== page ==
la louisiane

go straight to the review

89 King William Street
South Australia 5000


Wednesday 5.00 pm – 12.00 am
Thursday 12 noon – 12.00 am
Friday 12 noon – 12 am
Saturday 5.00 pm – 2.00 am

Wednesday 5.00 pm – 11.00 pm
Thursday 12 noon – 3.00 pm:5.00 pm – 11.00 pm
Friday 12 noon – 3.00 pm:5.00 pm – 11.00 pm
Saturday 5.00 pm – 12.00 am

CONTACT : No phone listing

CHEF : Alexis Bessau
OWNERS : The Big Easy Group and The Gonzo Group

BE WARNED : Live loud music for evening services

2013 Perrier-Jouet Belle Époque
2019 Edouard Delaunay Vosne Romanée


dark and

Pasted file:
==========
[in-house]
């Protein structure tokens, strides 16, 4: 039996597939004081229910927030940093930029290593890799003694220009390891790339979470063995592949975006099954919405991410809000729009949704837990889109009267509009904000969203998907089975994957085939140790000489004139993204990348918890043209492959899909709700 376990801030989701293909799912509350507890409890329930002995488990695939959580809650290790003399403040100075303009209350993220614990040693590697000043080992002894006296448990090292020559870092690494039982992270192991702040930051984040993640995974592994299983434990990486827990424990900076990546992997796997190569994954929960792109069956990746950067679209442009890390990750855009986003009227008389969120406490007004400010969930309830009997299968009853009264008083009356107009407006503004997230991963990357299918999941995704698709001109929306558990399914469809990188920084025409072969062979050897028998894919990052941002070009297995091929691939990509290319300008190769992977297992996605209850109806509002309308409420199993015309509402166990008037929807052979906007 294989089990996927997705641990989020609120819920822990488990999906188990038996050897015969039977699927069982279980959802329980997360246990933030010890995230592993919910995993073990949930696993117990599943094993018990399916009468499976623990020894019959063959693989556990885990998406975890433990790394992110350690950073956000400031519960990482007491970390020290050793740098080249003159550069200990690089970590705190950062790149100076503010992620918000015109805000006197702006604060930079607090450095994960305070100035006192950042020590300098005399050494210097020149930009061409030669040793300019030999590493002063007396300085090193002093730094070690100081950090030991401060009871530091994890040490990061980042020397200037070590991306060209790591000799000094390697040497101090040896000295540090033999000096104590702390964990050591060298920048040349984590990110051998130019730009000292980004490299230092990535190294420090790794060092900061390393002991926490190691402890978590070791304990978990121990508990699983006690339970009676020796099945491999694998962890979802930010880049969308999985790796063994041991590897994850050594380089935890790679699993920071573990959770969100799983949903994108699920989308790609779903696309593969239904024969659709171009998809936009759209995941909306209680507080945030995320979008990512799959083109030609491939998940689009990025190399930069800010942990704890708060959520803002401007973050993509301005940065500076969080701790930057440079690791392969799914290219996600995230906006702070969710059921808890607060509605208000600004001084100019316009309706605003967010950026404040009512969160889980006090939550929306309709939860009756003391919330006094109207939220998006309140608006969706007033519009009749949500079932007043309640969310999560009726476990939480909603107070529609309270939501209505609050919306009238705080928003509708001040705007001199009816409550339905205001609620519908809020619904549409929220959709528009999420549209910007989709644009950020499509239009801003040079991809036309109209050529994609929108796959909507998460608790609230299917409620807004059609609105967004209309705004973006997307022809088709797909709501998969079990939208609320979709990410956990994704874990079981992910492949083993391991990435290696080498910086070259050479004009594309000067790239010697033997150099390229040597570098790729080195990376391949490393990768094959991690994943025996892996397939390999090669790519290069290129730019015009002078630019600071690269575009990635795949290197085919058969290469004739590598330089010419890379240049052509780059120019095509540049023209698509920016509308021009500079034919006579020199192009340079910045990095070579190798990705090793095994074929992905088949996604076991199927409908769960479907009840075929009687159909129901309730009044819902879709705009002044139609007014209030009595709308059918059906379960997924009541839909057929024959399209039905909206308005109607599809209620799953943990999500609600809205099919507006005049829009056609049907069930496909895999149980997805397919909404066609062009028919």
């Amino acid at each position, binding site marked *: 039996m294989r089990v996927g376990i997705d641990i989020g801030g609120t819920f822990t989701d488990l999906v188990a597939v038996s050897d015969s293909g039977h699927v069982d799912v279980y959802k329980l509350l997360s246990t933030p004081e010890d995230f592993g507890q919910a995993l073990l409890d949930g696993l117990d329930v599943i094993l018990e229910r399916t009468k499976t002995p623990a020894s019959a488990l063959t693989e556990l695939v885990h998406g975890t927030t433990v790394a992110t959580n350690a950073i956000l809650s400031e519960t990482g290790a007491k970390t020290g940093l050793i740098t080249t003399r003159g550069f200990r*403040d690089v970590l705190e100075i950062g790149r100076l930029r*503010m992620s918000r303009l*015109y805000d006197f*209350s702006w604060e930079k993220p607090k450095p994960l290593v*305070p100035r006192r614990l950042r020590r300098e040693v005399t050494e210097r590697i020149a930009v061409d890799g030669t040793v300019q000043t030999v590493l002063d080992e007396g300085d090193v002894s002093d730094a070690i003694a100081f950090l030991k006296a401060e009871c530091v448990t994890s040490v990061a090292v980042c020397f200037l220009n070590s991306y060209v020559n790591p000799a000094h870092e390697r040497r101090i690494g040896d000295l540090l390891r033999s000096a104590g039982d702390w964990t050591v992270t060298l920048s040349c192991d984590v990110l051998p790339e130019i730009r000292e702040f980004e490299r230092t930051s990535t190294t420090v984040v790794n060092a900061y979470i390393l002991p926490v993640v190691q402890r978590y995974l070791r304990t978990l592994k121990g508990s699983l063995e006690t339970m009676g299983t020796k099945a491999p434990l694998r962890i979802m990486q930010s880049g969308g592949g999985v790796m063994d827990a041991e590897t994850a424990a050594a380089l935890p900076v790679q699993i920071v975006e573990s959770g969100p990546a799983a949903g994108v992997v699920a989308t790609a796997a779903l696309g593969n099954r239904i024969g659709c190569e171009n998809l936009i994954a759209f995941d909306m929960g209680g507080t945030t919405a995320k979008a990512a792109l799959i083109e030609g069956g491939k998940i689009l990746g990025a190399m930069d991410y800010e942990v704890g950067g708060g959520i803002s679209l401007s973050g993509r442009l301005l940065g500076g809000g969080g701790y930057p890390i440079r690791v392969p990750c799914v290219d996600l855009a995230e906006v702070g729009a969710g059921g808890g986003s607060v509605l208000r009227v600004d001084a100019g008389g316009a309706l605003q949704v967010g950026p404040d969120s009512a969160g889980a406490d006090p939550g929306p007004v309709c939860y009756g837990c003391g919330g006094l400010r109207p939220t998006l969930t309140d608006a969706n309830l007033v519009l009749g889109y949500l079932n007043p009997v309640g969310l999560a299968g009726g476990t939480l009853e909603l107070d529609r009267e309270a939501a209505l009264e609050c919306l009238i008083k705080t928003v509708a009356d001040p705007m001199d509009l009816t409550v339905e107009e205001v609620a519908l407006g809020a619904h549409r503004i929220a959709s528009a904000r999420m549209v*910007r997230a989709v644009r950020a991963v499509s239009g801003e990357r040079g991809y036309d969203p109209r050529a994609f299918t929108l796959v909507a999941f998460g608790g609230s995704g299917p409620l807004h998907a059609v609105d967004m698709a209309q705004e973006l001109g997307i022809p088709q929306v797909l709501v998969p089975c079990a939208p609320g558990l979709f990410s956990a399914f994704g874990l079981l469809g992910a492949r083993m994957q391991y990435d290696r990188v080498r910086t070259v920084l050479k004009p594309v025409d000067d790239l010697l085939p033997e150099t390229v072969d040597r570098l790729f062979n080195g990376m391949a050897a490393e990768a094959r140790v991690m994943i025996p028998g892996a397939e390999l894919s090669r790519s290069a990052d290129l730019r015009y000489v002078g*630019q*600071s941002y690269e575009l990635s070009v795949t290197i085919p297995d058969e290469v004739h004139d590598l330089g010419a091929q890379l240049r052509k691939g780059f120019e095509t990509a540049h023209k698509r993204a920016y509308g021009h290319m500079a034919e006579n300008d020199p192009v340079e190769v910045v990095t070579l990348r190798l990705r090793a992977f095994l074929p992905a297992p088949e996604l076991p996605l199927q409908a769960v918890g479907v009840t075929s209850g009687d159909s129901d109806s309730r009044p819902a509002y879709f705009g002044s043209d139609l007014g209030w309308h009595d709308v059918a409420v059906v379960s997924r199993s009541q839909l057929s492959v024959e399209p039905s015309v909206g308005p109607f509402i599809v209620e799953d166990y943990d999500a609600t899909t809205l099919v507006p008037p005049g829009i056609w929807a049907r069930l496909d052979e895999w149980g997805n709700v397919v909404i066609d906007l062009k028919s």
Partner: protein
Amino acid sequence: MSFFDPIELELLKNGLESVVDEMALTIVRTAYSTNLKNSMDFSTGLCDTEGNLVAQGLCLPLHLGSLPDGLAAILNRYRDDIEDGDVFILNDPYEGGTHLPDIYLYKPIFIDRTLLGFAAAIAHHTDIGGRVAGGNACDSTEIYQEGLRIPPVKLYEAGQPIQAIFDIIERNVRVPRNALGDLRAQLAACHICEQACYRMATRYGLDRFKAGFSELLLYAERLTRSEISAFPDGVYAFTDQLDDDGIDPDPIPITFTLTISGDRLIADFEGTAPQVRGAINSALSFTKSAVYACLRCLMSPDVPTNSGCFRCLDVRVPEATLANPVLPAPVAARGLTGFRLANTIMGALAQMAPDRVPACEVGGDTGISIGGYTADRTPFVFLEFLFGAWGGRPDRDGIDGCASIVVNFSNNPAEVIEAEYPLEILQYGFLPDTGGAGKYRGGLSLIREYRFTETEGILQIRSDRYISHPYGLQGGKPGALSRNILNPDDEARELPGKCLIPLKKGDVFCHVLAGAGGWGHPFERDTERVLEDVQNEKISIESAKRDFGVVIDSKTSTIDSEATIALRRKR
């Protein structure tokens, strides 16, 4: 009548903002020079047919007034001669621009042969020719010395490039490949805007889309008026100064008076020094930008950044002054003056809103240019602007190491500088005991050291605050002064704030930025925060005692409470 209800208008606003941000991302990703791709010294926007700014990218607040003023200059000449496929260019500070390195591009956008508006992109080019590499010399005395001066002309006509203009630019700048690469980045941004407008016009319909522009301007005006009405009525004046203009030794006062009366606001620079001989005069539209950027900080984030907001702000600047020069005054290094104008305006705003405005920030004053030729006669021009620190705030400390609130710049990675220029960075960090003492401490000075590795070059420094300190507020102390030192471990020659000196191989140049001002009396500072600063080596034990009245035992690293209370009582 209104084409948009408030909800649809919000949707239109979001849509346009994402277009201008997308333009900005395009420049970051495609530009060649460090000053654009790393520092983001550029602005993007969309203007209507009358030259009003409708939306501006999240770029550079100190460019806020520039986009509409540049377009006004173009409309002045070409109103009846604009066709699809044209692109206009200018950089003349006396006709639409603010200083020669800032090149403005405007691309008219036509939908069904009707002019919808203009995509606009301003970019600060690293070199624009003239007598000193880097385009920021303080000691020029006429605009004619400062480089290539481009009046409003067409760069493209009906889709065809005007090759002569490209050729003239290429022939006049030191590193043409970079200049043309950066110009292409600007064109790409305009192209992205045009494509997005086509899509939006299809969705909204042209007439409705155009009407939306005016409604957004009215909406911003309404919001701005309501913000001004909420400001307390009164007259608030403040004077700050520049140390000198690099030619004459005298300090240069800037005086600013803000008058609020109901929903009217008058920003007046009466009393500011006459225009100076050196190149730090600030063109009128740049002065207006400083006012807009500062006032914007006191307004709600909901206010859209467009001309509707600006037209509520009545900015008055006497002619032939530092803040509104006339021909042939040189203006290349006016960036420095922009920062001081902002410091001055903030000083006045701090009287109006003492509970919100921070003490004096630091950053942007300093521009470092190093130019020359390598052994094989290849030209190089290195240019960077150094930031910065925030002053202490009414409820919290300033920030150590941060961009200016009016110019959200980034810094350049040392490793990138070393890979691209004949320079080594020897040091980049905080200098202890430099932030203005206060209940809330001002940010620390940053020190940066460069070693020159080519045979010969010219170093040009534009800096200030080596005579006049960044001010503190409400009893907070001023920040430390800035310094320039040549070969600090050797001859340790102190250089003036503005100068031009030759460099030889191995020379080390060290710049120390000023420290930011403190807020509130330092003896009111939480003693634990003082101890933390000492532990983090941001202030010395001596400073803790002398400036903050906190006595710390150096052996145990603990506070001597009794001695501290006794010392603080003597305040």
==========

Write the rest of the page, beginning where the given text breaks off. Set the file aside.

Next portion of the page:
We went to La Louisiane last Friday, five guests. Having worked in New Orleans twice La Louisiane is more New Orleans than it is Paris. There’s not a restaurant in New Orleans that doesn’t have music of some sort and the music varies from live jazz to live classical in the more upmarket establishments like Commanders Palace to pounding rock in the diners that open late and stay open till breakfast.

Before you go to La Louisiane you need to decide if you want to have a conversation and if the answer is yes, go somewhere else.

It is important to point out that I may have chosen not to review La Louisiane, but three dishes were just so good you’d be mad to miss them. Add to that staff both front of house and wine service were very professional and especially accommodating as two dishes were sent back to the kitchen for maintenance.